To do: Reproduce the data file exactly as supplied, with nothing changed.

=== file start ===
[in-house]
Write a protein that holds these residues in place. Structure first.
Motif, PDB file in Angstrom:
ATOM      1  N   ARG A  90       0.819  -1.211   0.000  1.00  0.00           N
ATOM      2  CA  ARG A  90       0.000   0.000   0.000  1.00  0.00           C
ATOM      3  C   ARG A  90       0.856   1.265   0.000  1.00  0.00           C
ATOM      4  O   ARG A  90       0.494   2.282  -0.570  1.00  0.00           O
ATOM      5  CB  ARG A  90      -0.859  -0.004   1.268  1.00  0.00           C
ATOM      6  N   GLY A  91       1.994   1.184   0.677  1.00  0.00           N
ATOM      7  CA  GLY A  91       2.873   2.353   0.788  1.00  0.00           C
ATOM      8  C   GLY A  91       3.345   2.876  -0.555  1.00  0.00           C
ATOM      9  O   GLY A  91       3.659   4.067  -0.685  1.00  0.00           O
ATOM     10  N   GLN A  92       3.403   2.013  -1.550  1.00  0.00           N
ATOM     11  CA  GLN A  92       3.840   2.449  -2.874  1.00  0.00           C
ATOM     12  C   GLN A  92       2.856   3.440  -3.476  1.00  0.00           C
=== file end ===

[in-house]
Write a protein that holds these residues in place. Structure first.
Motif, PDB file in Angstrom:
ATOM      1  N   ARG A  90       0.819  -1.211   0.000  1.00  0.00           N
ATOM      2  CA  ARG A  90       0.000   0.000   0.000  1.00  0.00           C
ATOM      3  C   ARG A  90       0.856   1.265   0.000  1.00  0.00           C
ATOM      4  O   ARG A  90       0.494   2.282  -0.570  1.00  0.00           O
ATOM      5  CB  ARG A  90      -0.859  -0.004   1.268  1.00  0.00           C
ATOM      6  N   GLY A  91       1.994   1.184   0.677  1.00  0.00           N
ATOM      7  CA  GLY A  91       2.873   2.353   0.788  1.00  0.00           C
ATOM      8  C   GLY A  91       3.345   2.876  -0.555  1.00  0.00           C
ATOM      9  O   GLY A  91       3.659   4.067  -0.685  1.00  0.00           O
ATOM     10  N   GLN A  92       3.403   2.013  -1.550  1.00  0.00           N
ATOM     11  CA  GLN A  92       3.840   2.449  -2.874  1.00  0.00           C
ATOM     12  C   GLN A  92       2.856   3.440  -3.476  1.00  0.00           C